Abdulaziz Al Ghurair, chairman of the UAE Banks Federation and chairman of Mashreq, has urged banks in the UAE to “be bold” and continue to invest in technology, as fintechs are posing a huge challenge to traditional banks.

Speaking at the Future of Finance conference at Expo 2020 Dubai on Wednesday, the Emirati businessman noted that the banks’ traditional control in the field of payments, which provides them a valuable stream of revenue of $2 trillion globally, is now “under threat”, thanks to the entry of fintech firms and other non-bank players.

“Fintech and [other] players are increasingly capturing a greater share of this profit. And the fact is that the payment segment is performing well, but not for banks,” he noted.

In a customer-centric age, where people are becoming more accustomed to the ease, speed and personalisation of service offered by the disruptors in the industry, Al Ghurair said banks must develop a new operational model that is “better suited to the changing times”.

“Those who don’t will not succeed,” he said.

“The largest platform… the technology company are the ones that stand to benefit the most. They own the customer and they address the customer needs beyond banking. We must consider, how long before Amazon launches Amazon bank? Imagine the scale of opportunity for company like that entering financial service.”

An increasing number of consumers are turning to fintech firms for services and products traditionally offered by banks, such as payments and consumer loans. According to TransUnion data released in 2019, the unsecured personal loan market in the US reached $138 billion in 2018, up by 17 percent compared to a year earlier.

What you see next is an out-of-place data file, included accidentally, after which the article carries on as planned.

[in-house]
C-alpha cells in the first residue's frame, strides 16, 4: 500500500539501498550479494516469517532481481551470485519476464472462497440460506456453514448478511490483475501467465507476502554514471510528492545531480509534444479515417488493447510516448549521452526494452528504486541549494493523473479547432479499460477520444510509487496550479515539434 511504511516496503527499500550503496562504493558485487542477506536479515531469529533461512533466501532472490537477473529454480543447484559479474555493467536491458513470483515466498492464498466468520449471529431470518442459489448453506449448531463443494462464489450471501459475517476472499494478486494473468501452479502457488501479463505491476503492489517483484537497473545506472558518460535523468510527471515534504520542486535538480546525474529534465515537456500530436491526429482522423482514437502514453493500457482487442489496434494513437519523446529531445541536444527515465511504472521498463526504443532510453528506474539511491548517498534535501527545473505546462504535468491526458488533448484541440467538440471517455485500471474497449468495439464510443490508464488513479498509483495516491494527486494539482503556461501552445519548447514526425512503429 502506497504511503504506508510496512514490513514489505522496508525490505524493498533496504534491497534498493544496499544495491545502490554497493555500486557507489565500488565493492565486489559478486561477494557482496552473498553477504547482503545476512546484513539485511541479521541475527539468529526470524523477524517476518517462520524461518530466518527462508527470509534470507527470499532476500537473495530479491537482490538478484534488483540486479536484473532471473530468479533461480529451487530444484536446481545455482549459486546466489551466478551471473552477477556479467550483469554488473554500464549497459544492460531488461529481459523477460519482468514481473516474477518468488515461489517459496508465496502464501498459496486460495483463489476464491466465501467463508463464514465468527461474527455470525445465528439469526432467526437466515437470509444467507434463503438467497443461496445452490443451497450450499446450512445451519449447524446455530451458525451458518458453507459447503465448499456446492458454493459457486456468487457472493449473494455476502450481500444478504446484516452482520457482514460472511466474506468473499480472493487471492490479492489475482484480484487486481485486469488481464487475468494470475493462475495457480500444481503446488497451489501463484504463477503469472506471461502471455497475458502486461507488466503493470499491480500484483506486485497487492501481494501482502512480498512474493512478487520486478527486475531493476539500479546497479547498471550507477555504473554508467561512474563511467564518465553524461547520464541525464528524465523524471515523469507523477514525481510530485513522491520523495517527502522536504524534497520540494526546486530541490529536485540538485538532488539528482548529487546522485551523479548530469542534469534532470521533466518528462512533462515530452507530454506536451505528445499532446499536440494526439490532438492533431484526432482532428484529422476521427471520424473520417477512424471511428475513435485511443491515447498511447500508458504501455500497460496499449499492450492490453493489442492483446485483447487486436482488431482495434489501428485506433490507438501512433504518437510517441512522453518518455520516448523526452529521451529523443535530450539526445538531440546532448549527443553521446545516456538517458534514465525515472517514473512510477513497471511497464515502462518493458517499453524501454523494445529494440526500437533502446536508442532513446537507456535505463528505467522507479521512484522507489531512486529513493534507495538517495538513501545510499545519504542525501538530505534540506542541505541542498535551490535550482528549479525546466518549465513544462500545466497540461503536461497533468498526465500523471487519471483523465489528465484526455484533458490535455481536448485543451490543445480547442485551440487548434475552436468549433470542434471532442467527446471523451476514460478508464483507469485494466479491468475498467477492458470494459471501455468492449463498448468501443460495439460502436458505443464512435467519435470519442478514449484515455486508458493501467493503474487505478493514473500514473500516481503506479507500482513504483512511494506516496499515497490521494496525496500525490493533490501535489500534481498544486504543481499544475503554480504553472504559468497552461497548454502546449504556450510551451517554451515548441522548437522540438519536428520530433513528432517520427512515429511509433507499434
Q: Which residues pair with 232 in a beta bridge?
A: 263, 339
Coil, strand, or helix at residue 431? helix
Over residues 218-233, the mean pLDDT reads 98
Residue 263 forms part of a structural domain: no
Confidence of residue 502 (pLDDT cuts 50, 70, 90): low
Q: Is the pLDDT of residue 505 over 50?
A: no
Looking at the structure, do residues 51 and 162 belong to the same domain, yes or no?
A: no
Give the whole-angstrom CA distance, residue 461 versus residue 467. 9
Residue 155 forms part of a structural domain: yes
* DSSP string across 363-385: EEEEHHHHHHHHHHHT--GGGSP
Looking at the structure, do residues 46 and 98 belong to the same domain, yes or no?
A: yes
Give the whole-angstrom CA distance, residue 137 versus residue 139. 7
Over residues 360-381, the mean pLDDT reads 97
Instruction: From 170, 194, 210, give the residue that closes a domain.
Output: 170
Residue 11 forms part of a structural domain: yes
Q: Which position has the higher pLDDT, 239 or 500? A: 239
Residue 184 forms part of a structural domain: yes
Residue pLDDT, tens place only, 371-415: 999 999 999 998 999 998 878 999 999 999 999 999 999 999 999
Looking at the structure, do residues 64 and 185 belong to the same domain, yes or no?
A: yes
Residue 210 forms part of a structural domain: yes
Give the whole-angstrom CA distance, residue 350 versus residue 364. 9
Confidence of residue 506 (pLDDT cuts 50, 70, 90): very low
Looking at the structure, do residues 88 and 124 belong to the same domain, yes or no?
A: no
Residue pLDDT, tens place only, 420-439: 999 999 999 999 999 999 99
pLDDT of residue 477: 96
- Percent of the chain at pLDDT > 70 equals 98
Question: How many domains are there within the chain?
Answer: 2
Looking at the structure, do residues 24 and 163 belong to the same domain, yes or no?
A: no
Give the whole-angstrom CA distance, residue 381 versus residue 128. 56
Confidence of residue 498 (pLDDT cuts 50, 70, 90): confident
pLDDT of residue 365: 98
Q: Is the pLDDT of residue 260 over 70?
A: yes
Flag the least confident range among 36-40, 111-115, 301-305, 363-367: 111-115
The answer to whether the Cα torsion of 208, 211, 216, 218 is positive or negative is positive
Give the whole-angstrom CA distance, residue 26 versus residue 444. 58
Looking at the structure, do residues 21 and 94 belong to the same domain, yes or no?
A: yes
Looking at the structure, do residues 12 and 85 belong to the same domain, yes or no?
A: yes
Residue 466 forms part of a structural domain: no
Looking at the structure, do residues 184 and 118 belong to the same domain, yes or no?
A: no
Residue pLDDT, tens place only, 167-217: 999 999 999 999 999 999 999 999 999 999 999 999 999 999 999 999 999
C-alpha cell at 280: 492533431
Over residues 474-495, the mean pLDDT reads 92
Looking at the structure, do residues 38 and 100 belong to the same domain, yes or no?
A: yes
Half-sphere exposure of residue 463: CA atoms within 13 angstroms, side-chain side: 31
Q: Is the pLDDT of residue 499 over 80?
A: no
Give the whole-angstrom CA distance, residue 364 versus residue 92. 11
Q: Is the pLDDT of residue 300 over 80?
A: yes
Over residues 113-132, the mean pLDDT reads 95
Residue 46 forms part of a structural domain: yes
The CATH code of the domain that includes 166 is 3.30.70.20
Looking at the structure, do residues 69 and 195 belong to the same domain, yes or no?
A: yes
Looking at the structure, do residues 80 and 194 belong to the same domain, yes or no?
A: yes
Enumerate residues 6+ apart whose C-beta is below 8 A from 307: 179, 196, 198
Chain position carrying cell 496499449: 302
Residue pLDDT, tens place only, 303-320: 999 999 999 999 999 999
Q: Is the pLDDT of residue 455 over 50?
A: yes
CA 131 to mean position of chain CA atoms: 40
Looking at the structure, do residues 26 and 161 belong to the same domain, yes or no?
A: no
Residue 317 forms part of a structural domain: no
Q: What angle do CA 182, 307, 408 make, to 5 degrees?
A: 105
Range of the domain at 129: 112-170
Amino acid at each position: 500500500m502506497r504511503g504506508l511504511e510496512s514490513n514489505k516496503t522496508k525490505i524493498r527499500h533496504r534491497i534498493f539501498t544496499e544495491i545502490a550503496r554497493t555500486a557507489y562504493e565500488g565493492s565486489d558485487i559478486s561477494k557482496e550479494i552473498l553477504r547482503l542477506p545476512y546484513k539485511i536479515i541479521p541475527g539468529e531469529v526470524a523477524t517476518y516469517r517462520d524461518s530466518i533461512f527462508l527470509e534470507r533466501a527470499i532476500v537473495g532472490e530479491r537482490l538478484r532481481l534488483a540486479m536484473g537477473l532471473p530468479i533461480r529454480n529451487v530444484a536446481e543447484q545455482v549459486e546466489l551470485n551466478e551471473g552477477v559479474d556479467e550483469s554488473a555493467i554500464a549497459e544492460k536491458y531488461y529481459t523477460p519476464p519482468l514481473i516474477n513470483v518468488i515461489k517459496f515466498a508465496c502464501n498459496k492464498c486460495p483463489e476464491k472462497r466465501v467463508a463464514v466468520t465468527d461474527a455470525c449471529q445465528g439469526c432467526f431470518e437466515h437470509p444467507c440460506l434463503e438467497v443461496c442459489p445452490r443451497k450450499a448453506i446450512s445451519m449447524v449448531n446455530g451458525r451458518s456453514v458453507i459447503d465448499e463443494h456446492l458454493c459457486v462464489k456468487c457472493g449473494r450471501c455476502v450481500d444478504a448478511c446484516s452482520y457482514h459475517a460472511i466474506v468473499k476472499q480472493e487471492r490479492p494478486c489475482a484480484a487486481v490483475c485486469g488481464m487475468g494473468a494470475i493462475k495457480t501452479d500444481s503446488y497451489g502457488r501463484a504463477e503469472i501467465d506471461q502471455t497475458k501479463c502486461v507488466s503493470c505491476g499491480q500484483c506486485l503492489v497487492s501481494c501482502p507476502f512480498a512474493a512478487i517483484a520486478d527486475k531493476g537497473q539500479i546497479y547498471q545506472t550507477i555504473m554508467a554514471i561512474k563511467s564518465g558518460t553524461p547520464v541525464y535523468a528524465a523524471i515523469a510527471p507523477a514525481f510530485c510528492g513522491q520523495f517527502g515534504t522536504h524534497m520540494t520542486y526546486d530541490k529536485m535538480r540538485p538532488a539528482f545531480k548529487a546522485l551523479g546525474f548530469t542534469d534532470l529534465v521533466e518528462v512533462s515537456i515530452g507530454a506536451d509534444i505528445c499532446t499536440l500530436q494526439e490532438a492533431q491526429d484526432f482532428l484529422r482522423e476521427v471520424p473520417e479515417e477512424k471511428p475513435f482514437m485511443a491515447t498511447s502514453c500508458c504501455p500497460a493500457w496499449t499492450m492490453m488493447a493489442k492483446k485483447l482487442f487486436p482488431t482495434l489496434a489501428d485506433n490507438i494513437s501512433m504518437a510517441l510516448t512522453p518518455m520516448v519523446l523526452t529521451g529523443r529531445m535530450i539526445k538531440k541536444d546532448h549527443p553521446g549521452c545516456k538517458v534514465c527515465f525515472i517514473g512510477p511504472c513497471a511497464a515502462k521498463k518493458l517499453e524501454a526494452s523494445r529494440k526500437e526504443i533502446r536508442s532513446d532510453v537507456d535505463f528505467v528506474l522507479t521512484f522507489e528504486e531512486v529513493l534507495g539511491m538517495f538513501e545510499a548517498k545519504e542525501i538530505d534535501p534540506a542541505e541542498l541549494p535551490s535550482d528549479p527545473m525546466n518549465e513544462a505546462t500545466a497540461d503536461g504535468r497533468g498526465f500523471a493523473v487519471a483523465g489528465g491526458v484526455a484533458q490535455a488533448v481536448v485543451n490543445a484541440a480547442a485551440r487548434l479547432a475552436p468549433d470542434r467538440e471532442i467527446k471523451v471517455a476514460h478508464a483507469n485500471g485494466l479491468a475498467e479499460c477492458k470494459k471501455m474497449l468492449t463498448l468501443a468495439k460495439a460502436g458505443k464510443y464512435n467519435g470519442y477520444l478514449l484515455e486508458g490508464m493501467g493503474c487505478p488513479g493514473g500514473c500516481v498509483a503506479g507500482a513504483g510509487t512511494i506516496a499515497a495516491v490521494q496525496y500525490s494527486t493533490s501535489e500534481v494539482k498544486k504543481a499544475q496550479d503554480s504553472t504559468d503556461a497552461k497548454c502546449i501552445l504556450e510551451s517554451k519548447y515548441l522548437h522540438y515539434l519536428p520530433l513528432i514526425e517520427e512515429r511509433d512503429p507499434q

Loans provided by fintech companies in the same year represented 38 percent of all unsecured personal loan balances, the largest market share compared to banks, credit unions and traditional finance companies. Five years earlier, fintechs accounted for just 5 percent of outstanding balances.

How banks can sustain

With the existential threat that the banks are facing, Al Ghurair said it is important to acknowledge the value of investing in technology. 

Banks must also keep in mind that data and artificial intelligence will be the “core differentiator” in the rapidly changing industry.

“I believe that banks must invest in technology in partnership and in relationship with the developer to survive. And we must not forget that the heart of the future of finance is data. Data and AI will be the core differentiator,” he said.

Al Ghurair cited a McKinsey report that said artificial intelligence could unlock $1 trillion of additional value for banks around the world.

“Data and AI will sort out the leaders from the followers.”

Stressing the urgency for financial institutions to invest in data and AI, and respond to change now, Al Ghurair said: "The financial industry has proven to be agile and innovative in the past. Now is the time to truly embrace the future and be bold in doing so, because banking tomorrow will not look like banking today."

Environmental, social, governance

Also, with the “democratisation” of the consumers served by banks, players in the industry must consider how their business will help advance environmental, social and governance (ESG) causes.

“As consumers increasingly embrace social and environmental causes, they seek products and brands that align with their values. There is no getting around this. This is the democratisation of consumer.”

“They now expect the brands to act responsibly… ESG needs to be embedded into the overall strategy of the organisation.”

(Reporting by Cleofe Maceda; editing by Seban Scaria)


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